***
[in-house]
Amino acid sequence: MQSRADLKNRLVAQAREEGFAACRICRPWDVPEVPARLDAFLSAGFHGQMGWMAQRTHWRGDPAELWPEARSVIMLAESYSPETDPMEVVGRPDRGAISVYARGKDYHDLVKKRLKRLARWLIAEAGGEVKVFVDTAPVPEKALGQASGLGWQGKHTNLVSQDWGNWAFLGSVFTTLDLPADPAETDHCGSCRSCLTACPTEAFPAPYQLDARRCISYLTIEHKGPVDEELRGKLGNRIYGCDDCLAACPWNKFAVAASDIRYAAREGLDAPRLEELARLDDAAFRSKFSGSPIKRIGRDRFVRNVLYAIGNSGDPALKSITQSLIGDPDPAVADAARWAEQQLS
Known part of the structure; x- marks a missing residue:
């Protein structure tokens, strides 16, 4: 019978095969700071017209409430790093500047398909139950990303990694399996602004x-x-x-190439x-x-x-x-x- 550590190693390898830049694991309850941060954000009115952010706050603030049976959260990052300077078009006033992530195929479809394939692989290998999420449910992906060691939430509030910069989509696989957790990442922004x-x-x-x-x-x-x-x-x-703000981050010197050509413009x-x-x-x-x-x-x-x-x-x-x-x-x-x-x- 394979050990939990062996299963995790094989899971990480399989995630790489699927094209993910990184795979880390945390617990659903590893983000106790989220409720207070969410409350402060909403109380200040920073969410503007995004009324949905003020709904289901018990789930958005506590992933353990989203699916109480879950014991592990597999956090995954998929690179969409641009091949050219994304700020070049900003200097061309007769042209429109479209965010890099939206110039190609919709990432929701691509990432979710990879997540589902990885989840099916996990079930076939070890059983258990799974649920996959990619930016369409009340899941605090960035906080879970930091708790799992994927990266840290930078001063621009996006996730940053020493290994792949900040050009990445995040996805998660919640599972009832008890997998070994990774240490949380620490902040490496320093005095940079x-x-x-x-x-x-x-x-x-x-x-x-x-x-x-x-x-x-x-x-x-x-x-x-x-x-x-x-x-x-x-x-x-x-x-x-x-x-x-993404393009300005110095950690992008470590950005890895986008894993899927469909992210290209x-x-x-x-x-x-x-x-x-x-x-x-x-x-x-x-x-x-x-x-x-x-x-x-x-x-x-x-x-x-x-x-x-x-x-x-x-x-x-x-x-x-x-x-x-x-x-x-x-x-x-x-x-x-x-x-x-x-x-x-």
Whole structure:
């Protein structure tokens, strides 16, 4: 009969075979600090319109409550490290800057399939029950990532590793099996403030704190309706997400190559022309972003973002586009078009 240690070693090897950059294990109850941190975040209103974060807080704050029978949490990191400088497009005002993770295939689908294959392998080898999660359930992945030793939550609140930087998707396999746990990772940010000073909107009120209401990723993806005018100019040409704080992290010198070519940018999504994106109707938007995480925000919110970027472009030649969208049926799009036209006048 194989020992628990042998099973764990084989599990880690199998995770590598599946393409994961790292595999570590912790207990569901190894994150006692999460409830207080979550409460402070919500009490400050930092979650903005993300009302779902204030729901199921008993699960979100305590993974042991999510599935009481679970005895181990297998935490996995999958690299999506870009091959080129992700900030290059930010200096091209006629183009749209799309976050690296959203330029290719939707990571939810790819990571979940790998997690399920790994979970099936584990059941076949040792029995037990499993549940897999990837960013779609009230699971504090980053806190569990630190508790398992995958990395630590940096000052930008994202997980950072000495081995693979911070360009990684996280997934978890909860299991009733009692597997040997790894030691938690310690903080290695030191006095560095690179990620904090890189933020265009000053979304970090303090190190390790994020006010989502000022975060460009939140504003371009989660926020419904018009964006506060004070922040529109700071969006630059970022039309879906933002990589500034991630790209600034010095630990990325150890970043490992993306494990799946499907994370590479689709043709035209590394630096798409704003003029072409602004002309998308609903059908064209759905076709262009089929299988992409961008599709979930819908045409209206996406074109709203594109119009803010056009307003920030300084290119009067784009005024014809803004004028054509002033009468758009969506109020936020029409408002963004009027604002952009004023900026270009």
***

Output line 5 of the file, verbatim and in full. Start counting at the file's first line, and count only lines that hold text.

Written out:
Whole structure: